- Asian Journal of Biomedical and Pharmaceutical Sciences (2014) Volume 4, Issue 37
Epidemiological and Microbiological Profile of Infective Keratitis in a Tertiary Care Centre, South India
Background: Infective keratitis is a potentially sight-threatening condition. Definitive diagnosis is by microbiological culture. So, knowledge of local etiological agents and their susceptibility helps to initiate prompt treatment and control the disease.
Aim: To determine frequency of infective keratitis (bacterial and fungal) in Kochi and analyze its aetiology, sensitivity patterns, risk factors and clinical outcome. Materials and Methods: A prospective analysis of one and half year duration of clinical samples of 49 patients with keratitis was conducted at Amrita hospital, Kochi. These were subjected to standard microbiologic processing .Relevant information was recorded using standard proforma.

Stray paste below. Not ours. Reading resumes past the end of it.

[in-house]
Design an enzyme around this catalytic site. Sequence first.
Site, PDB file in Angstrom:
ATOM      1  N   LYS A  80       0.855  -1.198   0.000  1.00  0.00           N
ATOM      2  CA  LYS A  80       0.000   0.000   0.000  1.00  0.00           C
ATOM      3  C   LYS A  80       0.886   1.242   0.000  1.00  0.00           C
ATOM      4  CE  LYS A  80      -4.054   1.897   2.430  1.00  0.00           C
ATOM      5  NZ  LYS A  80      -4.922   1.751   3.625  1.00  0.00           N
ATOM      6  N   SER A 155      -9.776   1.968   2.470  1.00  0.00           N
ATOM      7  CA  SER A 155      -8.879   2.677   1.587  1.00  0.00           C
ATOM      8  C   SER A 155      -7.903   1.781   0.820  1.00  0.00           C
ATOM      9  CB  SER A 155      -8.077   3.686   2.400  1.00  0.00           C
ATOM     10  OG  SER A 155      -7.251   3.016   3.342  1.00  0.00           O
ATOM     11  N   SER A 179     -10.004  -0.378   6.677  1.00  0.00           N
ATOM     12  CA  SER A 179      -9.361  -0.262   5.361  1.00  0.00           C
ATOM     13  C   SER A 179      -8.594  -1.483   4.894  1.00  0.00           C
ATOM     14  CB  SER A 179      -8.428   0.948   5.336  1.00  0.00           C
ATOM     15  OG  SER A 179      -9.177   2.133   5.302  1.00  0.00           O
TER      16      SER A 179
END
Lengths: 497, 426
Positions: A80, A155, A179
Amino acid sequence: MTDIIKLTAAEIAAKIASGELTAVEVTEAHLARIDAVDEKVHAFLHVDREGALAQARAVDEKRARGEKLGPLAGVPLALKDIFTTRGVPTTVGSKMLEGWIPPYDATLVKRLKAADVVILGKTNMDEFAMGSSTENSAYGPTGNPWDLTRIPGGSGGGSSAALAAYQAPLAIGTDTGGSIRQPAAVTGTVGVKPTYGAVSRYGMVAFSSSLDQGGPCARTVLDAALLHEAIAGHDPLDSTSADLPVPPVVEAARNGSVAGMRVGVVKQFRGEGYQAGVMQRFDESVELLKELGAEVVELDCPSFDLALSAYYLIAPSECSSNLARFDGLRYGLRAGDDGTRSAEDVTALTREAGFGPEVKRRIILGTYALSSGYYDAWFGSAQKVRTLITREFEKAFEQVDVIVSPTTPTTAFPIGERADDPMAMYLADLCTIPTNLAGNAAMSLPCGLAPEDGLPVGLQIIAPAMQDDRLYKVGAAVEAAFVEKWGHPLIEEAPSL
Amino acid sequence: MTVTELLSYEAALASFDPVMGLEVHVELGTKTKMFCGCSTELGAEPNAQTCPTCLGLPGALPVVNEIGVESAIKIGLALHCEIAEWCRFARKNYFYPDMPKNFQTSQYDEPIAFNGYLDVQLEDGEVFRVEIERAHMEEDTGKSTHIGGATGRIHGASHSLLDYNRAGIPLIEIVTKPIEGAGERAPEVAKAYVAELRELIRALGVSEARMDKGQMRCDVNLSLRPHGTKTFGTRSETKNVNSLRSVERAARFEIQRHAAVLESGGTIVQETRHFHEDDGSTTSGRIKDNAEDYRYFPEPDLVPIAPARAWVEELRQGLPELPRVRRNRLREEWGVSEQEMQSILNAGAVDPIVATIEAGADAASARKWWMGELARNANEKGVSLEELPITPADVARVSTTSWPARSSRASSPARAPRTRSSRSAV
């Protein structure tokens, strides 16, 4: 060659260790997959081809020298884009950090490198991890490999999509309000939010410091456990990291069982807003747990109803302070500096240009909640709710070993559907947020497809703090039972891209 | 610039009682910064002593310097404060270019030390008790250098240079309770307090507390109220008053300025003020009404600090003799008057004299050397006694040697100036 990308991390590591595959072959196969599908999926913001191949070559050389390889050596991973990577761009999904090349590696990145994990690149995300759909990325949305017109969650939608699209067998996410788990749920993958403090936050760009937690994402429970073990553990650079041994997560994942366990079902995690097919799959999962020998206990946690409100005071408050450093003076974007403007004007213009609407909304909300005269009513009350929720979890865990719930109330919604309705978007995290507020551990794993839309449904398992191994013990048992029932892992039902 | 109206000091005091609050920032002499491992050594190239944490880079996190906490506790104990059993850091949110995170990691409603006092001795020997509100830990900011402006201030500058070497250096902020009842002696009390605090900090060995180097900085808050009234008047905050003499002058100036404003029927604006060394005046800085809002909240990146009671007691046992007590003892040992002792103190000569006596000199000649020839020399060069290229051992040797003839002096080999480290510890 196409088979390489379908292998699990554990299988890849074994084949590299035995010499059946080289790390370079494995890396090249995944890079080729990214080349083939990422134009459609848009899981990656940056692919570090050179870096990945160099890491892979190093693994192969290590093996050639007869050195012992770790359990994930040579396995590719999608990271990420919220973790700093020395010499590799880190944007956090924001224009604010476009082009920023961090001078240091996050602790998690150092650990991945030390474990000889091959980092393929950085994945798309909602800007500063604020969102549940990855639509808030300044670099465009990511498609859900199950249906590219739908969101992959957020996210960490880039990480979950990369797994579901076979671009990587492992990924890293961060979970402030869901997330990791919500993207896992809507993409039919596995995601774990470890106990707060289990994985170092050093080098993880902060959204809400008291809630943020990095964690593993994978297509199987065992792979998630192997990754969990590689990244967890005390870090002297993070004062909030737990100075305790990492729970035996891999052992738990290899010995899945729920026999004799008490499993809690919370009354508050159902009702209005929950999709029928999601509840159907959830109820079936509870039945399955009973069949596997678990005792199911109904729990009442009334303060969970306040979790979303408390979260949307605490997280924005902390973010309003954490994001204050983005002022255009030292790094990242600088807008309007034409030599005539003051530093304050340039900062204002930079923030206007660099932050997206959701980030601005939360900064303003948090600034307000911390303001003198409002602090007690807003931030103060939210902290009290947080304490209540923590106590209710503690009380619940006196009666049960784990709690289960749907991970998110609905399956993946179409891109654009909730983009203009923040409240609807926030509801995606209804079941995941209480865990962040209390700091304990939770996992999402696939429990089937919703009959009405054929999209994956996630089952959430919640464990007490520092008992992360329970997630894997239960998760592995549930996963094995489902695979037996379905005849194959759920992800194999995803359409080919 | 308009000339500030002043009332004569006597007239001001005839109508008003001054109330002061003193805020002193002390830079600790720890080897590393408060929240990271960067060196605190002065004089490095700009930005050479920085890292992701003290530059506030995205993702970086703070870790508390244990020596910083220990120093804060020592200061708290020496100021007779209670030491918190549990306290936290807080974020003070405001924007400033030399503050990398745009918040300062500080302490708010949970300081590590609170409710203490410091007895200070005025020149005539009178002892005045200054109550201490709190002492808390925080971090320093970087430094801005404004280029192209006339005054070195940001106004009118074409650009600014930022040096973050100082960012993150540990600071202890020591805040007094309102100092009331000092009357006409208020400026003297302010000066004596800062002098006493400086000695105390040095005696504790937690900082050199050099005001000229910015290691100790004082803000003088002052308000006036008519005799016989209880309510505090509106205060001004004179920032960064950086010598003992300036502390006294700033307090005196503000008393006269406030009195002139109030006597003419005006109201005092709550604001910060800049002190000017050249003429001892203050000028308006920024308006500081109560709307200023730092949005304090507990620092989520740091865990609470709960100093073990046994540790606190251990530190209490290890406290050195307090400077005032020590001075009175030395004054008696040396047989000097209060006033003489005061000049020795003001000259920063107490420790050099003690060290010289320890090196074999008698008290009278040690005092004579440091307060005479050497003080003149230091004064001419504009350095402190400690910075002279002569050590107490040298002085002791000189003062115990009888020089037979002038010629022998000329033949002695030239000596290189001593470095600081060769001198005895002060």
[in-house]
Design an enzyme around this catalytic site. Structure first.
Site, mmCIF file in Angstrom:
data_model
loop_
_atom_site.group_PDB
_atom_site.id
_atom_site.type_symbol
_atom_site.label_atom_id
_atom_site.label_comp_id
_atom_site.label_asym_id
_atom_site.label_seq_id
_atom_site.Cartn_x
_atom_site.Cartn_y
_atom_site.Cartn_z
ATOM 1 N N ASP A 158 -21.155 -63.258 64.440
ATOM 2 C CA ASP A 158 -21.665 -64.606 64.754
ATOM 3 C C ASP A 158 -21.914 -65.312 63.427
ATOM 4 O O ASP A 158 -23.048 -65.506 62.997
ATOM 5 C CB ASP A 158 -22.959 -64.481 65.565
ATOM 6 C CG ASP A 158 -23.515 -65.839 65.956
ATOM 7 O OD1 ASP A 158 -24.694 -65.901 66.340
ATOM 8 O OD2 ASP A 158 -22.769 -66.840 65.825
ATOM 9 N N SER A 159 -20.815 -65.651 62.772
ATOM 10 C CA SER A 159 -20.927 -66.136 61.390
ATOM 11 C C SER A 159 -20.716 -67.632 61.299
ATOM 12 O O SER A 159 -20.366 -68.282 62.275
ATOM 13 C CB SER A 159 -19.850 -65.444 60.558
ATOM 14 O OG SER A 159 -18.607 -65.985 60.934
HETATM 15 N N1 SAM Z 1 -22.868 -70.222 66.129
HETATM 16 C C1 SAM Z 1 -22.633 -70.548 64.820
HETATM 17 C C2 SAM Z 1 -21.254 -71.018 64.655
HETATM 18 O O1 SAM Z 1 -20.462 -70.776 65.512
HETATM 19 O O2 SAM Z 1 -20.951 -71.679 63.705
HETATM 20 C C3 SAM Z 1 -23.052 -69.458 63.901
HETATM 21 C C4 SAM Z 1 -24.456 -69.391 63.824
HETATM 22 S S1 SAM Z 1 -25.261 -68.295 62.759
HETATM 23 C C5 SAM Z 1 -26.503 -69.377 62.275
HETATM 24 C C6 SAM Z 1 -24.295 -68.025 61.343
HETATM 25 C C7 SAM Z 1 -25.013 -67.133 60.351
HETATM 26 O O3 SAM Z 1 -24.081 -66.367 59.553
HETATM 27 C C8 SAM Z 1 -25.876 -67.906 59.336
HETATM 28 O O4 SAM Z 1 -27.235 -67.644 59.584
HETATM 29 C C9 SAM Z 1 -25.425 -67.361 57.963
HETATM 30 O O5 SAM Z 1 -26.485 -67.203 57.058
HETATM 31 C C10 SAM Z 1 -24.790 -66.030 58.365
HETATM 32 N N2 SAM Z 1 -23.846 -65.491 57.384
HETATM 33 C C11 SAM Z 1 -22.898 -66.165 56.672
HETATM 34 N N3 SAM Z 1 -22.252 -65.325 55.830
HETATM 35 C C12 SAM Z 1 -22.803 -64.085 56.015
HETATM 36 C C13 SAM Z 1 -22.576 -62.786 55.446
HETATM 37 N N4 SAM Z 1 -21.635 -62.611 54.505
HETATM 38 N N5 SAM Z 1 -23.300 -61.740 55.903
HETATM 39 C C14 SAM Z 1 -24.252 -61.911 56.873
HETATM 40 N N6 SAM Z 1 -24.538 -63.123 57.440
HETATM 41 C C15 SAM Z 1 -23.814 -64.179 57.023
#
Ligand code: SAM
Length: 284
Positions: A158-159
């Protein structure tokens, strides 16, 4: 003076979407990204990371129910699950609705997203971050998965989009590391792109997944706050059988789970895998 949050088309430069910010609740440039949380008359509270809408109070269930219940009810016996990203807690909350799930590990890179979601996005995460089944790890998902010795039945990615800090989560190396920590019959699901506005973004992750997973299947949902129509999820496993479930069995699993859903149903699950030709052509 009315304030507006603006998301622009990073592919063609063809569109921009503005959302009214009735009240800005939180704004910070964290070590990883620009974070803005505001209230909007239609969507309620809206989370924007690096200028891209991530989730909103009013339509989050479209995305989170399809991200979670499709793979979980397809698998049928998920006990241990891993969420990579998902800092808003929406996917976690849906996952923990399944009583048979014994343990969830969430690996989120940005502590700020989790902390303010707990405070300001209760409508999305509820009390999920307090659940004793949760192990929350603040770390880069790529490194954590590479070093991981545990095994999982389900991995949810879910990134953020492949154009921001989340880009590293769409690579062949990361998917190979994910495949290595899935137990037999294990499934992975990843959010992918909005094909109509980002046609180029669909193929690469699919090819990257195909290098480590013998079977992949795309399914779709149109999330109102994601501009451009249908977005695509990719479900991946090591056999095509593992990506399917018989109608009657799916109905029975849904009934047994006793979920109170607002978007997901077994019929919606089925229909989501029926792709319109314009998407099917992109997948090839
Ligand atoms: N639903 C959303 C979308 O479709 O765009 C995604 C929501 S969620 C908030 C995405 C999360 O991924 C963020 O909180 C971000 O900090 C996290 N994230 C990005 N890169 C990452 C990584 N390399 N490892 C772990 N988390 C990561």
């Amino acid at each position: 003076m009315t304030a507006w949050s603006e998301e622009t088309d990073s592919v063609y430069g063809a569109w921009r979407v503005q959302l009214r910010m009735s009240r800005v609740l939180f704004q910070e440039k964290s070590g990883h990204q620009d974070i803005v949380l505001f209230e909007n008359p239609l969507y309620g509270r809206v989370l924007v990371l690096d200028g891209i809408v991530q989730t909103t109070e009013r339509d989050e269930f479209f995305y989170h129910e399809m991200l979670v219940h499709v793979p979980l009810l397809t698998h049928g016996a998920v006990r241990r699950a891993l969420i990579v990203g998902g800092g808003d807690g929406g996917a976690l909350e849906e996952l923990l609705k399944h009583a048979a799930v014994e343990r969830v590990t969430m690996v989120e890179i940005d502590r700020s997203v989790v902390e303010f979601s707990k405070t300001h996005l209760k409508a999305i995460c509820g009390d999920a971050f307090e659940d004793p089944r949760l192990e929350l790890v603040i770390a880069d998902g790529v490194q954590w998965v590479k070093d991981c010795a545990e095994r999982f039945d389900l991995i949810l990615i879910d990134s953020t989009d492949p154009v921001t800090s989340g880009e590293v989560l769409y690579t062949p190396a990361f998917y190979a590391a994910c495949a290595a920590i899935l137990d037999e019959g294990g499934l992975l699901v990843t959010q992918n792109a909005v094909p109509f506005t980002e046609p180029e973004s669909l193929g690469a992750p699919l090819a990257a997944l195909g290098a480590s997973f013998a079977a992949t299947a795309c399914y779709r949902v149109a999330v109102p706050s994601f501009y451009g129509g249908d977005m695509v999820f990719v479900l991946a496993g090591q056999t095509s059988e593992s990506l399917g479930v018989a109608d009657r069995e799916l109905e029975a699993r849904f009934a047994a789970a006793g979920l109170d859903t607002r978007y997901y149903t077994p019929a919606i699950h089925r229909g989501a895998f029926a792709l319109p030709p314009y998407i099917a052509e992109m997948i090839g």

Results: Only patients with culture-proven infective keratitis (n=30, 61.2%) were included for analysis. The growth pattern showed pure bacterial (43%), pure fungal (12%) and mixed (6%) type of growth patterns. Majority of patients were urban and elderly. Pre-existing ocular disorders and topical steroid usage were the predominant risk factors. Coagulase-negative Staphylococcus (41.4%) was the common bacterial isolate while Candida species (44.5%) the most common fungal isolate. Amikacin and gatifloxacin were the most effective antibiotics against bacterial isolates. There was no significant difference in susceptibility patterns of 8-methoxyfluoroquinolones among gram-negative pathogens. Resistant isolates of Coagulase-negative staphylococci to 8-methoxyfluoroquinolones were reported. Clinical outcome was better in patients with bacterial keratitis though they required more surgical interventions. Graft failure was observed in 14% of patients and 4% cases required eye removal.
Conclusion: Our study found that pre-existing ocular diseases and topical steroid usage were the common risk factors for infective keratitis. The intriguing finding of resistance to fourth-generation fluoroquinolones in present study justifies judicious use of these drugs and a future study investigating the resistance patterns of gram-positive ocular pathogens against these would be very interesting and strongly recommended.